Hazardous Waste Management in Qatar: Progress and Challenges

A country with an abundance of raw materials, cheap labor, and a rising demand for energy, Qatar needed to diversify its industrial sector in the 1970s. From then onwards, the use of fertilizers, petrochemicals, and gas liquefaction plants have grown exponentially. The magnitude of hazardous waste and the pollution to be produced from different streams have not been thoroughly considered, but Qatar has taken serious steps to implement commitments for sustainable development by passing laws and treaties, such as law No.4 in 1981 issuing safeguards and providing requirements for the protection of the environment, and by signing onto treaties such … Continue reading

Community Engagement in Recycling Initiatives in Qatar

The current state of environmental custodianship in Qatar leaves much to be desired from the national government and other institutions that publicly endorse initiatives with much fan-fare but do not commit to sustained action. My previous piece titled “Environmental Initiatives in Middle East – Challenges and Remedies” illuminated some of these gaps, but did not provide a detailed description of what underpins this trend and possible solutions might look like. Thus, this article seeks to delve deeper into how state institutions and civil society in Qatar may be able to work cooperatively in staving off further environmental degradation, especially with … Continue reading

Waste Management Implications of 3D Printing

The rapid deployment of 3D printing is one of the most exciting developments since the appearance of the smart phone. This is technology with some serious potential to change how and where goods are manufactured, transforming supply chains. The New Scientist has gone so far as to herald 3D printing, also known as additive manufacturing, as ushering in a second industrial revolution. But is anyone thinking about how what this new development means for the waste sector? Whilst the technology is already being put to some dubious uses, the ability to manufacture pretty much anything wherever and whenever it’s needed is certainly appealing. Interest isn’t … Continue reading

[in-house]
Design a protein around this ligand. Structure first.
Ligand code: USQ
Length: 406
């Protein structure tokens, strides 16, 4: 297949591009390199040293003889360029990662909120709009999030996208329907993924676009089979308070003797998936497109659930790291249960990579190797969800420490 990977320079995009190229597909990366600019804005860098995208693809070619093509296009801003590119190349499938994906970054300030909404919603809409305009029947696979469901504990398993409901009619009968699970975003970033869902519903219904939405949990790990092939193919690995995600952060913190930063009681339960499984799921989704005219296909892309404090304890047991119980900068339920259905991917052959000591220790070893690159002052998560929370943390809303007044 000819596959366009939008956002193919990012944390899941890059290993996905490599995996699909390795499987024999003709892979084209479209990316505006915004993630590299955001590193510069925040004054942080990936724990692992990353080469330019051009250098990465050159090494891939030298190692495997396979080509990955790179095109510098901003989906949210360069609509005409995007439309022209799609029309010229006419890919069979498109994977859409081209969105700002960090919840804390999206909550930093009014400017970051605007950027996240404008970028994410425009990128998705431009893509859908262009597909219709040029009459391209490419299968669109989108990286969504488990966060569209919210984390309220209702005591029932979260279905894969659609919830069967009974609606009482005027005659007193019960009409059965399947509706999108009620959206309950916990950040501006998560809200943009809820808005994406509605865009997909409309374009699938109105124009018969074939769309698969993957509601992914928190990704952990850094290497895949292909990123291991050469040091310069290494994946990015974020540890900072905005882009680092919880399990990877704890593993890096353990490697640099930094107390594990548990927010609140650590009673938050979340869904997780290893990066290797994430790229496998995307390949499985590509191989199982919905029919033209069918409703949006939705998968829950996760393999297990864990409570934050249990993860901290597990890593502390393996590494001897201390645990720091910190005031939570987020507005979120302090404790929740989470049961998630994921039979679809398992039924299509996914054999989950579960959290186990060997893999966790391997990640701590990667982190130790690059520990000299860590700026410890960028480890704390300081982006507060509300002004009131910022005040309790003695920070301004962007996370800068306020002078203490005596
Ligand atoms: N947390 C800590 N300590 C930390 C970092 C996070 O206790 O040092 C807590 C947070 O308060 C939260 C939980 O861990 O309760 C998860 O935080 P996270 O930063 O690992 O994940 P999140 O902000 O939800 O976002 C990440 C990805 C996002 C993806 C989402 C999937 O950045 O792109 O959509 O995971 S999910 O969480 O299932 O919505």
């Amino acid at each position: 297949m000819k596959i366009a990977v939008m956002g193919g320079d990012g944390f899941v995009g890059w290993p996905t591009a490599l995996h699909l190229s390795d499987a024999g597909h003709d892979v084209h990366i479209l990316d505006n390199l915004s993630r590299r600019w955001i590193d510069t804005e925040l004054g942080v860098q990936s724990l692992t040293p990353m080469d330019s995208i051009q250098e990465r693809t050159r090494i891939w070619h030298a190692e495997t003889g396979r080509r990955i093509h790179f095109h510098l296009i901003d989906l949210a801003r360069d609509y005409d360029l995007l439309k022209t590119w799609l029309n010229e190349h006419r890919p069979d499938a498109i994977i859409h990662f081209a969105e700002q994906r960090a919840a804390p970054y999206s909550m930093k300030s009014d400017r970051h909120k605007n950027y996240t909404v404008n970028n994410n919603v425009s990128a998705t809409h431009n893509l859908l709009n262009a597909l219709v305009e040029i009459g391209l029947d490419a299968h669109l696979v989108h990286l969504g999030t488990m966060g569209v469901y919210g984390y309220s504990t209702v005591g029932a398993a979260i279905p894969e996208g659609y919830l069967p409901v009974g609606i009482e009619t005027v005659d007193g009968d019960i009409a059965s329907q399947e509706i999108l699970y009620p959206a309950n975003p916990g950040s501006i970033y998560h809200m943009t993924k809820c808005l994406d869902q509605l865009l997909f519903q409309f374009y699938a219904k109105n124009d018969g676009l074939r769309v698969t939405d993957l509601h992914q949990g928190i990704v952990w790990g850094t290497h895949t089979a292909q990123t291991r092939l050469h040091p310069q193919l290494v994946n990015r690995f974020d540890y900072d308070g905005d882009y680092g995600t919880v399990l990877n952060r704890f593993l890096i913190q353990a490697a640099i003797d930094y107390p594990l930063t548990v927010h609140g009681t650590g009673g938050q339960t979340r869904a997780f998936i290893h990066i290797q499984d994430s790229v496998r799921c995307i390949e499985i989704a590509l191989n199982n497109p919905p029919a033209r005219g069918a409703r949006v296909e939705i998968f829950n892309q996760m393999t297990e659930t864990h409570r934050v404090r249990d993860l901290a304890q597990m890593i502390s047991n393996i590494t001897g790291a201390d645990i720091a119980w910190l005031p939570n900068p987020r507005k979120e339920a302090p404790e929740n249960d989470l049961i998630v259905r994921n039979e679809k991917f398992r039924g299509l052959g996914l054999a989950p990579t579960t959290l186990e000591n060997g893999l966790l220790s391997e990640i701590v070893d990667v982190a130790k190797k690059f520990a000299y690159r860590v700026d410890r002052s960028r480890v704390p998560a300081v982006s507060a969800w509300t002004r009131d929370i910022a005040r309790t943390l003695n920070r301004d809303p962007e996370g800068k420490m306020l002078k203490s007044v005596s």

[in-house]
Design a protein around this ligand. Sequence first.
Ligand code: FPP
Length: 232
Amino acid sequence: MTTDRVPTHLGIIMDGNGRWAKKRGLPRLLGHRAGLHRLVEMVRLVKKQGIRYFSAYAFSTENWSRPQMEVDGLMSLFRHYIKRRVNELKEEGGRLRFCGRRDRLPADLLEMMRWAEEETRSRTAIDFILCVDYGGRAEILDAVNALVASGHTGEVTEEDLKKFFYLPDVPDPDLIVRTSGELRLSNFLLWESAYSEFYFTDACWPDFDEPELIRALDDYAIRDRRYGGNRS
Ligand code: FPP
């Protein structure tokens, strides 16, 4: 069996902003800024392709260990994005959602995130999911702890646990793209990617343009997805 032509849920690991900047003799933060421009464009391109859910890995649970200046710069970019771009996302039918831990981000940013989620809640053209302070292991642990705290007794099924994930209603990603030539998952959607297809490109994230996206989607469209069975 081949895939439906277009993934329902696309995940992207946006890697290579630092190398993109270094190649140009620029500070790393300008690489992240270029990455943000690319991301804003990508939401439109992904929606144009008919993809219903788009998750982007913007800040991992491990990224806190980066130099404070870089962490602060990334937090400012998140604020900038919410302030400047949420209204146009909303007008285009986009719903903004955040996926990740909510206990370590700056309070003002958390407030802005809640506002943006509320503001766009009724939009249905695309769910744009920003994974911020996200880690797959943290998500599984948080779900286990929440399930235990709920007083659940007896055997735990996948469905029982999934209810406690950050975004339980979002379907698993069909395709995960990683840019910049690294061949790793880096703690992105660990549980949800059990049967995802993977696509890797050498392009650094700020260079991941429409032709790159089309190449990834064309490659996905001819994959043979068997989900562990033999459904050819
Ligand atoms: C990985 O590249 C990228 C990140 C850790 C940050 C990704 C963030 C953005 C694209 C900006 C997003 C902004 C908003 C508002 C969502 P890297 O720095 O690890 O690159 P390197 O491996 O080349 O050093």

Recycling and Artwork

Art and recycling goes hand-in-hand. Eco-artists are, nowadays, transforming old, recycled and resued object into amazing pieces of contemporary art. The trend started gaining prominence in 1980s when museums and galleries in the Western world opened their doors for such innovation and creativity. In recent years, many artists in the Middle East has started expressing their support for recycling and sustainability through artworks where they merge traditional tone with contemporary themes creating attractive installation art that express local cultural heritage in the larger public interests. Artists are expressing their emotions and ideas through a wide range of recyclables glass, cans, plastics, CDs, PET bottles etc. Installation … Continue reading

Introduction to MRF

A Material Recovery Facility (MRF) is a building to receive, sort, process and store recyclable materials to be shipped and marketed to end-users. A materials recovery facility accepts materials, whether source separated or mixed, and separates, processes and stores them for later use as raw materials for remanufacturing and reprocessing. The main function of the MRF is to maximize the quantity of recyclables processed, while producing materials that will generate the highest possible revenues in the market. MRFs can also function to process wastes into a feedstock for biological conversion or into a fuel source for the production of energy. MRFs … Continue reading

Recycling of PVC – Prospects and Challenges

PVC, also known as Polyvinyl Chloride or Vinyl, is one of the most widely used plastics worldwide due to its chemical stability and durability. PVC products have an average lifetime of 30 years, with some reaching 50 or more years.  This means that more PVC products are reaching the end-of-life and entering the waste stream, and the amount is likely to increase significantly in the near future. The Middle East will ultimately have to deal with increased PVC waste as it is one of the markets expected to have high growth rates for PVC consumption, with developing countries in the … Continue reading